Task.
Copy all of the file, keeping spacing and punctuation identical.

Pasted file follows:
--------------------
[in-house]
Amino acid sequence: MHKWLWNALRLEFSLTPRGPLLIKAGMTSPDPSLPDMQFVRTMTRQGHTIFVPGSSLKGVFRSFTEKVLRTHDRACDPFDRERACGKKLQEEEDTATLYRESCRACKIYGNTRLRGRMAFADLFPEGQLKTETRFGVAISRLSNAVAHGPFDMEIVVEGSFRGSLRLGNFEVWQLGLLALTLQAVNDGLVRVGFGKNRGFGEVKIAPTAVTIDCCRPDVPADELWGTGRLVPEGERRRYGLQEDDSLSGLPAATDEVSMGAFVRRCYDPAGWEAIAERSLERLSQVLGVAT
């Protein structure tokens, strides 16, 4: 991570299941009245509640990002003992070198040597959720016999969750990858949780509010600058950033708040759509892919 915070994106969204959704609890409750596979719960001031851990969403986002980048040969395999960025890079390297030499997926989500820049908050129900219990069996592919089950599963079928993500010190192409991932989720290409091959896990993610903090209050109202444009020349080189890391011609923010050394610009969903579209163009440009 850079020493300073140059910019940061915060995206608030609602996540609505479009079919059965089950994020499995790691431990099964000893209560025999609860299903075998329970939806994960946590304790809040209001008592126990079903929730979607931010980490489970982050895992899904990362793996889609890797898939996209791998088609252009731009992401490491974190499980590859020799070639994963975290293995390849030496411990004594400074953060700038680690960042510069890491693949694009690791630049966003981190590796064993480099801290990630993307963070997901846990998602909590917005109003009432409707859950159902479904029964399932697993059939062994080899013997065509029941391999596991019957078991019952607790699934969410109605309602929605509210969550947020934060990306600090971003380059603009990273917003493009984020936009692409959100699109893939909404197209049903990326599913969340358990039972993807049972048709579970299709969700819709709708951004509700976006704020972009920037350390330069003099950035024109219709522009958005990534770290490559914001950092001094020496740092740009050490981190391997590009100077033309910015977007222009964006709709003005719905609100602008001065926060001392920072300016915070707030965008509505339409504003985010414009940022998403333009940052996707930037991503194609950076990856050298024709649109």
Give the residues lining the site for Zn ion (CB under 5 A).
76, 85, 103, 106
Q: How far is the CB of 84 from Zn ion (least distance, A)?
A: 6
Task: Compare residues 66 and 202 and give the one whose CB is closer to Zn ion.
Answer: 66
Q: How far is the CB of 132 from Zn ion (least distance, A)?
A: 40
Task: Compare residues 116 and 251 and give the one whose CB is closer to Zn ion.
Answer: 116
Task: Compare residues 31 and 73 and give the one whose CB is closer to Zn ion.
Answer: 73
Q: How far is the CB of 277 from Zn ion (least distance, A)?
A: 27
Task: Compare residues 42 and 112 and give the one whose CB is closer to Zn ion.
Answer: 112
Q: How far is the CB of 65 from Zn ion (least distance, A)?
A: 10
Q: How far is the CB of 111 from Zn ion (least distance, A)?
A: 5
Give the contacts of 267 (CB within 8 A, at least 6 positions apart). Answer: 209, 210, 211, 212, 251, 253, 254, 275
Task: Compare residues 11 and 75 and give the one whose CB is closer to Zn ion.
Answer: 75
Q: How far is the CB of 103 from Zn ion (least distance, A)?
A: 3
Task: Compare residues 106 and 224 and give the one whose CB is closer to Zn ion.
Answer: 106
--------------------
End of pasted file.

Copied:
[in-house]
Amino acid sequence: MHKWLWNALRLEFSLTPRGPLLIKAGMTSPDPSLPDMQFVRTMTRQGHTIFVPGSSLKGVFRSFTEKVLRTHDRACDPFDRERACGKKLQEEEDTATLYRESCRACKIYGNTRLRGRMAFADLFPEGQLKTETRFGVAISRLSNAVAHGPFDMEIVVEGSFRGSLRLGNFEVWQLGLLALTLQAVNDGLVRVGFGKNRGFGEVKIAPTAVTIDCCRPDVPADELWGTGRLVPEGERRRYGLQEDDSLSGLPAATDEVSMGAFVRRCYDPAGWEAIAERSLERLSQVLGVAT
């Protein structure tokens, strides 16, 4: 991570299941009245509640990002003992070198040597959720016999969750990858949780509010600058950033708040759509892919 915070994106969204959704609890409750596979719960001031851990969403986002980048040969395999960025890079390297030499997926989500820049908050129900219990069996592919089950599963079928993500010190192409991932989720290409091959896990993610903090209050109202444009020349080189890391011609923010050394610009969903579209163009440009 850079020493300073140059910019940061915060995206608030609602996540609505479009079919059965089950994020499995790691431990099964000893209560025999609860299903075998329970939806994960946590304790809040209001008592126990079903929730979607931010980490489970982050895992899904990362793996889609890797898939996209791998088609252009731009992401490491974190499980590859020799070639994963975290293995390849030496411990004594400074953060700038680690960042510069890491693949694009690791630049966003981190590796064993480099801290990630993307963070997901846990998602909590917005109003009432409707859950159902479904029964399932697993059939062994080899013997065509029941391999596991019957078991019952607790699934969410109605309602929605509210969550947020934060990306600090971003380059603009990273917003493009984020936009692409959100699109893939909404197209049903990326599913969340358990039972993807049972048709579970299709969700819709709708951004509700976006704020972009920037350390330069003099950035024109219709522009958005990534770290490559914001950092001094020496740092740009050490981190391997590009100077033309910015977007222009964006709709003005719905609100602008001065926060001392920072300016915070707030965008509505339409504003985010414009940022998403333009940052996707930037991503194609950076990856050298024709649109």
Give the residues lining the site for Zn ion (CB under 5 A).
76, 85, 103, 106
Q: How far is the CB of 84 from Zn ion (least distance, A)?
A: 6
Task: Compare residues 66 and 202 and give the one whose CB is closer to Zn ion.
Answer: 66
Q: How far is the CB of 132 from Zn ion (least distance, A)?
A: 40
Task: Compare residues 116 and 251 and give the one whose CB is closer to Zn ion.
Answer: 116
Task: Compare residues 31 and 73 and give the one whose CB is closer to Zn ion.
Answer: 73
Q: How far is the CB of 277 from Zn ion (least distance, A)?
A: 27
Task: Compare residues 42 and 112 and give the one whose CB is closer to Zn ion.
Answer: 112
Q: How far is the CB of 65 from Zn ion (least distance, A)?
A: 10
Q: How far is the CB of 111 from Zn ion (least distance, A)?
A: 5
Give the contacts of 267 (CB within 8 A, at least 6 positions apart). Answer: 209, 210, 211, 212, 251, 253, 254, 275
Task: Compare residues 11 and 75 and give the one whose CB is closer to Zn ion.
Answer: 75
Q: How far is the CB of 103 from Zn ion (least distance, A)?
A: 3
Task: Compare residues 106 and 224 and give the one whose CB is closer to Zn ion.
Answer: 106